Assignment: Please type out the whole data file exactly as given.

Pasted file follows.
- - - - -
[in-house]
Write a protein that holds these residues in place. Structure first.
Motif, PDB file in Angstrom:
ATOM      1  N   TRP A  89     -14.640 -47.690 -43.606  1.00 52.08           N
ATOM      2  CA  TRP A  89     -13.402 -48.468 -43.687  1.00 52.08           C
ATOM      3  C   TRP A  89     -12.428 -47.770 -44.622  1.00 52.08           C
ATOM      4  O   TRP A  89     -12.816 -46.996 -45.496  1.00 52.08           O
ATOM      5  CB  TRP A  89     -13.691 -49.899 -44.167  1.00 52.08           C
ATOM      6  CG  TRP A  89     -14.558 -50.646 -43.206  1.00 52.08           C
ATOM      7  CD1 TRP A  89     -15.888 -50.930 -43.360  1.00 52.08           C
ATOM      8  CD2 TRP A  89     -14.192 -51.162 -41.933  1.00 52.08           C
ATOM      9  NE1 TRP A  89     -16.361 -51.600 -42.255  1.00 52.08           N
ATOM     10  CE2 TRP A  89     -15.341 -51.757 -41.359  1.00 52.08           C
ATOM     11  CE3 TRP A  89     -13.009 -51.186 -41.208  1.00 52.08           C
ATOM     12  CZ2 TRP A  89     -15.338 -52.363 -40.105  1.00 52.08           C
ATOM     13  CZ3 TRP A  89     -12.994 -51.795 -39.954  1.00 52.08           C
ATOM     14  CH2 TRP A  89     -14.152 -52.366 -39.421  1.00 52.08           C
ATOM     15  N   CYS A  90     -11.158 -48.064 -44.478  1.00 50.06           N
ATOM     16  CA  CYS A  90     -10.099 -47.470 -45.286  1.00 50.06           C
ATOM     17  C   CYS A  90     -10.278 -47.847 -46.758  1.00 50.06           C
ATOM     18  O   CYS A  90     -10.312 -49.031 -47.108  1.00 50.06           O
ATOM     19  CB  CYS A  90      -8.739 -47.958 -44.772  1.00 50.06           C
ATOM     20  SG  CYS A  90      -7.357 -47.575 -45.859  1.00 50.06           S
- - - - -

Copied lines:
[in-house]
Write a protein that holds these residues in place. Structure first.
Motif, PDB file in Angstrom:
ATOM      1  N   TRP A  89     -14.640 -47.690 -43.606  1.00 52.08           N
ATOM      2  CA  TRP A  89     -13.402 -48.468 -43.687  1.00 52.08           C
ATOM      3  C   TRP A  89     -12.428 -47.770 -44.622  1.00 52.08           C
ATOM      4  O   TRP A  89     -12.816 -46.996 -45.496  1.00 52.08           O
ATOM      5  CB  TRP A  89     -13.691 -49.899 -44.167  1.00 52.08           C
ATOM      6  CG  TRP A  89     -14.558 -50.646 -43.206  1.00 52.08           C
ATOM      7  CD1 TRP A  89     -15.888 -50.930 -43.360  1.00 52.08           C
ATOM      8  CD2 TRP A  89     -14.192 -51.162 -41.933  1.00 52.08           C
ATOM      9  NE1 TRP A  89     -16.361 -51.600 -42.255  1.00 52.08           N
ATOM     10  CE2 TRP A  89     -15.341 -51.757 -41.359  1.00 52.08           C
ATOM     11  CE3 TRP A  89     -13.009 -51.186 -41.208  1.00 52.08           C
ATOM     12  CZ2 TRP A  89     -15.338 -52.363 -40.105  1.00 52.08           C
ATOM     13  CZ3 TRP A  89     -12.994 -51.795 -39.954  1.00 52.08           C
ATOM     14  CH2 TRP A  89     -14.152 -52.366 -39.421  1.00 52.08           C
ATOM     15  N   CYS A  90     -11.158 -48.064 -44.478  1.00 50.06           N
ATOM     16  CA  CYS A  90     -10.099 -47.470 -45.286  1.00 50.06           C
ATOM     17  C   CYS A  90     -10.278 -47.847 -46.758  1.00 50.06           C
ATOM     18  O   CYS A  90     -10.312 -49.031 -47.108  1.00 50.06           O
ATOM     19  CB  CYS A  90      -8.739 -47.958 -44.772  1.00 50.06           C
ATOM     20  SG  CYS A  90      -7.357 -47.575 -45.859  1.00 50.06           S